Trove of Unseen Photos Documents Indigenous Culture in 1920s Alaska

New exhibition and book feature more than 100 images captured by Edward Sherriff Curtis for his seminal chronicle of Native American life

Edward Sherriff Curtis, Diomede Mother and Child
Edward Sherriff Curtis, Diomede Mother and Child Courtesy of the Muskegon Museum of Art

In Edward Sherriff CurtisDiomede Mother and Child, a young woman looks straight into the camera with her lips pressed into a firm line. She carries an infant whose face bears the opposite expression: an open mouth, furrowed eyebrows, flushed cheeks. Such images of mothers and their children are common in art history (think of Mary Cassatt’s sentimental scenes of women with babies or the countless renditions of the Madonna and Child), but this sepia-toned portrait feels particularly timeless, like the photographer caught the pair in the middle of a decisive moment.

The snapshot is one of more than 100 now on view in an exhibition at the Muskegon Museum of Art in Michigan, reports Lindsay Hoffman for FOX 17. Titled “Edward S. Curtis: Unpublished Alaska, the Lost Photographs,” the show features recently discovered photo negatives taken during the photographer’s 1927 voyage to Alaska, displayed alongside excerpts from his personal journals.

Umiaks Under Sail, Kotzebue
Umiaks under sail, Kotzebue Courtesy of the Muskegon Museum of Art

Per a statement, Curtis was a photographer and ethnologist who documented the lives of Indigenous peoples in America’s Southwest, West and Northwest during the early 20th century. Many of Curtis’ photographs were published in his seminal life’s work, The North American Indian, but some went unused. A selection of these unseen snapshots, passed down by Curtis’ family, form the heart of the new exhibition and an accompanying book.

“Some of the images have some movement in them or the focus isn’t quite right,” Coleen Graybill, wife of Curtis’ great-grandson, John Graybill, tells Native News Online’s Tamara Ikenberg. “As long as they weren’t horrible, we decided to put them in because we knew their families would love to see the image, whether it was out of focus or not.”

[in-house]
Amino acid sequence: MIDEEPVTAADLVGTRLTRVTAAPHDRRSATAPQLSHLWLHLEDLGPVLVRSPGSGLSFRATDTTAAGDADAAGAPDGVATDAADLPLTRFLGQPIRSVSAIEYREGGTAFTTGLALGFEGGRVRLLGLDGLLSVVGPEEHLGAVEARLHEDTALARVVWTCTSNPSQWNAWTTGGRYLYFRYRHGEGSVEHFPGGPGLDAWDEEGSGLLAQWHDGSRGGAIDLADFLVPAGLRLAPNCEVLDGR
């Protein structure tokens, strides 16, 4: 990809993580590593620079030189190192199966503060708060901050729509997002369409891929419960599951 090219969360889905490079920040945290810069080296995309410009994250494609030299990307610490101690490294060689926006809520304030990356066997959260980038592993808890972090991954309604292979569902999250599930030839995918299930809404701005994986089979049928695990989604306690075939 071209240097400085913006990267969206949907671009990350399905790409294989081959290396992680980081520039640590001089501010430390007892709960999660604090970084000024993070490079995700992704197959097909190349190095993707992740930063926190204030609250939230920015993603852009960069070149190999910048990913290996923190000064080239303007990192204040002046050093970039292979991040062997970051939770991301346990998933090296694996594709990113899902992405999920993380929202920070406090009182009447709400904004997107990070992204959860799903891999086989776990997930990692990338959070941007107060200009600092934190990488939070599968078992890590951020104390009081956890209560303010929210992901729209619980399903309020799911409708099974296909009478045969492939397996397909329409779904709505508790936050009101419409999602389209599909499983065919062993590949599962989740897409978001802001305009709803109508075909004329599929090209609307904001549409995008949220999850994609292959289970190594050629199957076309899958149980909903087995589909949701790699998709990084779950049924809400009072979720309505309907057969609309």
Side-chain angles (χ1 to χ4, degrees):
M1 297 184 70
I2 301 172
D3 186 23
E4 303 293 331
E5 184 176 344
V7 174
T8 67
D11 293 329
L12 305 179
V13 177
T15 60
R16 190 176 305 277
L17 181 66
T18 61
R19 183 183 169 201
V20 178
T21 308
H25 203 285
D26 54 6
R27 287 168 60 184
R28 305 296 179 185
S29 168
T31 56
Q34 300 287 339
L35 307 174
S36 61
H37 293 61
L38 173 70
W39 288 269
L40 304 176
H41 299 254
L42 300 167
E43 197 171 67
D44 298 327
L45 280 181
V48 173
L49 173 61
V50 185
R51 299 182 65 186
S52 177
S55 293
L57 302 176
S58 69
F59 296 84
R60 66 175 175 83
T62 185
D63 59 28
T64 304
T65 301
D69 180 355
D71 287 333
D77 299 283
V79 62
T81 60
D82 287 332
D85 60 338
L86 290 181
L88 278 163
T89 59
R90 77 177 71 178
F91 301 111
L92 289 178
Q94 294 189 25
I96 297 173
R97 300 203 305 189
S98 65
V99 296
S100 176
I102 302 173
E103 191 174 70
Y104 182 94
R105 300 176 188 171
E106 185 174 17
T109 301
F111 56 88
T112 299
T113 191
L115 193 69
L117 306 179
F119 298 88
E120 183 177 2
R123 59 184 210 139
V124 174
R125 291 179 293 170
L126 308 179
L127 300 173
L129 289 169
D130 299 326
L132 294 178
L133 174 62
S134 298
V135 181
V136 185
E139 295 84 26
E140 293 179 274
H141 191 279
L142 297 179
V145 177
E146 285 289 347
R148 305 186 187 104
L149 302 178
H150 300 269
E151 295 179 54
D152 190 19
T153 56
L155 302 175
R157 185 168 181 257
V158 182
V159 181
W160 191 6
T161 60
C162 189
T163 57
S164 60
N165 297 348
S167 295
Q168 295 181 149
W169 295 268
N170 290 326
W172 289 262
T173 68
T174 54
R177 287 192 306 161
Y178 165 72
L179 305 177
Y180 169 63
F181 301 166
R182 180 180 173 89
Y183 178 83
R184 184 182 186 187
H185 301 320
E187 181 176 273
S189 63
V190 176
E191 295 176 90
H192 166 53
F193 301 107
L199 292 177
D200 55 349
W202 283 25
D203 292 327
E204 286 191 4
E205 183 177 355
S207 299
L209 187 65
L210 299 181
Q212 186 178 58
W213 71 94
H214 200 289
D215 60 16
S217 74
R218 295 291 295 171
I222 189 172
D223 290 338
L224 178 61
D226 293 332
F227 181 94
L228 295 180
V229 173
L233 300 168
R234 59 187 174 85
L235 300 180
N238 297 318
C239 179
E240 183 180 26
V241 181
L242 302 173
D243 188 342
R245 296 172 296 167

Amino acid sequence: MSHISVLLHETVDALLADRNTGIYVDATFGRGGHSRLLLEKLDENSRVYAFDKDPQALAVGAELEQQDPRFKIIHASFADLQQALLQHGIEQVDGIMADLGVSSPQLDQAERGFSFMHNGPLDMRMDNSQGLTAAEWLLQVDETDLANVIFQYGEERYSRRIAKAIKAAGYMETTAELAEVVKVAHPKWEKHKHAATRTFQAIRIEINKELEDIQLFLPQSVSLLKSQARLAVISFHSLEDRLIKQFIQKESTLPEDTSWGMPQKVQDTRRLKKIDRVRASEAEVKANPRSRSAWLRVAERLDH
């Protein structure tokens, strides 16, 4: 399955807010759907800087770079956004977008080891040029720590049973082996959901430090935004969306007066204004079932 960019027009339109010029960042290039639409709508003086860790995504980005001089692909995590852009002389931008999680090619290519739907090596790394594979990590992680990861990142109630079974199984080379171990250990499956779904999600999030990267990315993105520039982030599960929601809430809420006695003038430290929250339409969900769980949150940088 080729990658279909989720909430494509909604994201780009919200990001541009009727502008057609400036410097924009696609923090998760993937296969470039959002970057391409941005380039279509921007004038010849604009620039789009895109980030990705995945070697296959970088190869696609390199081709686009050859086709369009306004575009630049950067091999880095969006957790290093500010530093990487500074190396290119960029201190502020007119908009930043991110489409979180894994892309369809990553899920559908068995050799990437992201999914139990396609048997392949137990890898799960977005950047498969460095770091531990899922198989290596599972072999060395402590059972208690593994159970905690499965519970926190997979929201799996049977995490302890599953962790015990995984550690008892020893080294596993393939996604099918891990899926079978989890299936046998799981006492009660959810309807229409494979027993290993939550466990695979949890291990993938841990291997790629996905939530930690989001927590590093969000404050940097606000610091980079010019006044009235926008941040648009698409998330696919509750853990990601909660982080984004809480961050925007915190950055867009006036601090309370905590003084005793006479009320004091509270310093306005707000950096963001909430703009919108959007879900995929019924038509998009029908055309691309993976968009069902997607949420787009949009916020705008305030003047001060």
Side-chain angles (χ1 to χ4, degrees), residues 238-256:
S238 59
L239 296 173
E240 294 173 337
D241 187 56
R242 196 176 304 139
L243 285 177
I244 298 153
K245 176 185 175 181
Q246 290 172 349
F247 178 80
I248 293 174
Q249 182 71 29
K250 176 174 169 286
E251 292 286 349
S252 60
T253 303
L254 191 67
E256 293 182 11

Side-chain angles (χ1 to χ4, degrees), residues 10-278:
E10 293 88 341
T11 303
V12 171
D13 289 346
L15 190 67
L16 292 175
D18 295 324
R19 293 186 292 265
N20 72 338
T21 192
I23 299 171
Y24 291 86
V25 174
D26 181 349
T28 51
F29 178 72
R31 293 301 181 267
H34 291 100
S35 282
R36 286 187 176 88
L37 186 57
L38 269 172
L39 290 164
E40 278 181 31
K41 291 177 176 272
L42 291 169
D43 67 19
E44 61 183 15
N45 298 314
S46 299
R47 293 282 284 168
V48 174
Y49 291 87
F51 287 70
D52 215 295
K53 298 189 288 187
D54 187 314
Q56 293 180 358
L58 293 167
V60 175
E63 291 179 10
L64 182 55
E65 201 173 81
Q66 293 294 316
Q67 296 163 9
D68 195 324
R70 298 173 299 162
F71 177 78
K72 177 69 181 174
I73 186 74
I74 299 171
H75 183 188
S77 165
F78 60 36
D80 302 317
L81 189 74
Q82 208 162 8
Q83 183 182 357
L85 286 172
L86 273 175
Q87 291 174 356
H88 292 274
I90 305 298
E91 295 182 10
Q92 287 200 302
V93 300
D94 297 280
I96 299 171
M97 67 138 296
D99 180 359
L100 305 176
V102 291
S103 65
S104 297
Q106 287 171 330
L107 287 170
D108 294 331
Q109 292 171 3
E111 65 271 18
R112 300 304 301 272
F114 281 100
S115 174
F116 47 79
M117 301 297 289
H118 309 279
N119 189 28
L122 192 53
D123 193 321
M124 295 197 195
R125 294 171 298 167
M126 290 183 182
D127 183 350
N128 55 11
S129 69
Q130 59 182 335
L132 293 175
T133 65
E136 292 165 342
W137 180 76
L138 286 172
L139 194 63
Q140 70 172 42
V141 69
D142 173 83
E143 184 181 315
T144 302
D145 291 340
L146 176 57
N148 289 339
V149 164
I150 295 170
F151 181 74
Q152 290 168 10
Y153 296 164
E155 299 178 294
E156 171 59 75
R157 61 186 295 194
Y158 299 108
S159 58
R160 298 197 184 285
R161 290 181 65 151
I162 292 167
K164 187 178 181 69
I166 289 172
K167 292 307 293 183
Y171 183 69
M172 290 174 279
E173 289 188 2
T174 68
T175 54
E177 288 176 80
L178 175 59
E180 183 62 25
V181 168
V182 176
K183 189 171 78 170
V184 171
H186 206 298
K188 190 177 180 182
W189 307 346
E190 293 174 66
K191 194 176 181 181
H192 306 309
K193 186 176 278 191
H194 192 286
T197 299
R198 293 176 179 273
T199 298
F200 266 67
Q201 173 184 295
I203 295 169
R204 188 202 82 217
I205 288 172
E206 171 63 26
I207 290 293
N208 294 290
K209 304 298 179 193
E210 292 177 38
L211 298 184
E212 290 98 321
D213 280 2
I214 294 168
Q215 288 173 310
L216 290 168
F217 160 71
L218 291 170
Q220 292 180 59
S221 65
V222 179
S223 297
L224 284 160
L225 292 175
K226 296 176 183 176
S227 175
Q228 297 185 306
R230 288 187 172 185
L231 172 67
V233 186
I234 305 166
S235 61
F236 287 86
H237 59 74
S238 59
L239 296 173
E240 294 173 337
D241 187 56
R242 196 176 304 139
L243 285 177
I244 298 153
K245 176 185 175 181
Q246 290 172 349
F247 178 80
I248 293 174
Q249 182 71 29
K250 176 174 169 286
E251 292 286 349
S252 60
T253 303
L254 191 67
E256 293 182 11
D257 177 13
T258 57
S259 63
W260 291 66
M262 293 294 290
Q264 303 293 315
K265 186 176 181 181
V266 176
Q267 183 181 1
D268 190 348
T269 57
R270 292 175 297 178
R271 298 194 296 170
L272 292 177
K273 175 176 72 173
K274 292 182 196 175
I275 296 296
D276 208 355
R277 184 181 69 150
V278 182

O-la, Noatak
O-la, Noatak Courtesy of the Muskegon Museum of Art

Graybill adds that the project is “not just about showing these unpublished things of Curtis, but to share them with the people that have the most interest in it. That’s really important to us.”

“Unpublished Alaska” primarily features images from Curtis’ 1927 trip, which found him, his daughter Beth and his assistant Stewart C. Eastwood traveling to the city of Nome. There, Curtis took photos and completed research for the final volume of The North American Indian. Published between 1907 and 1930, the 20-volume series strove to record, through writing and photography, the lives of Indigenous peoples across the United States.

Highlights of the exhibition include O-la, Noatak, which shows a woman donning a fur coat, and a portrait of a young Inupiaq girl, Anna Nashoalook Ellis, who is now 97, per Native News Online.

Though many have lauded Curtis’ attempts to record Indigenous history, some critics have taken issue with the photographer’s portrayal of his subjects, accusing him “of advancing his career by ignoring the plight and torment of his subjects,” as Gilbert King wrote for Smithsonian magazine in 2012.

Kilk-ni-sik, in white fur parka, Cape Prince of Wales
Kilk-ni-sik, in white fur parka, Cape Prince of Wales Courtesy of the Muskegon Museum of Art

Native News Online points out that Curtis often tried to depict Indigenous people as they were 200 to 300 years before European colonization. He removed objects like clocks and modern vehicles from his snapshots, staged ceremonies and dances, and dressed his subjects in outfits they wouldn’t typically wear. 

“It's hard to put contemporary sensibility to what was happening at the time, and there is genuine concern that this is a white man telling someone else’s story,” Art Martin, a curator at the Muskegon, tells Native News Online. “But on the other hand, it is a piece of history and Curtis is reporting what he was given.

John Graybill maintains that his great-grandfather had a vested interest in his subjects. Speaking with Native News Online, he says:

Whenever he went to camp, the first thing he did was seek out who of the elders had the regalia and that's what they would use in the photographs. He gathered information from interviews with the elders. He was in this race against time to learn about all aspects of the culture and then make the photographs based on the information that's been presented to them. That’s kind of the context of how he was making these photographs, and this issue about posing.

Edward S. Curtis: Unpublished Alaska, the Lost Photographs” is on view at the Muskegon Museum of Art in Muskegon, Michigan, through January 9, 2022.

Four smiling Nunivak women
Four smiling Nunivak women Courtesy of the Muskegon Museum of Art
Edward Sherriff Curtis and his daughter Beth pose in a kayak
Edward Sherriff Curtis and his daughter Beth pose in a kayak. Courtesy of the Muskegon Museum of Art

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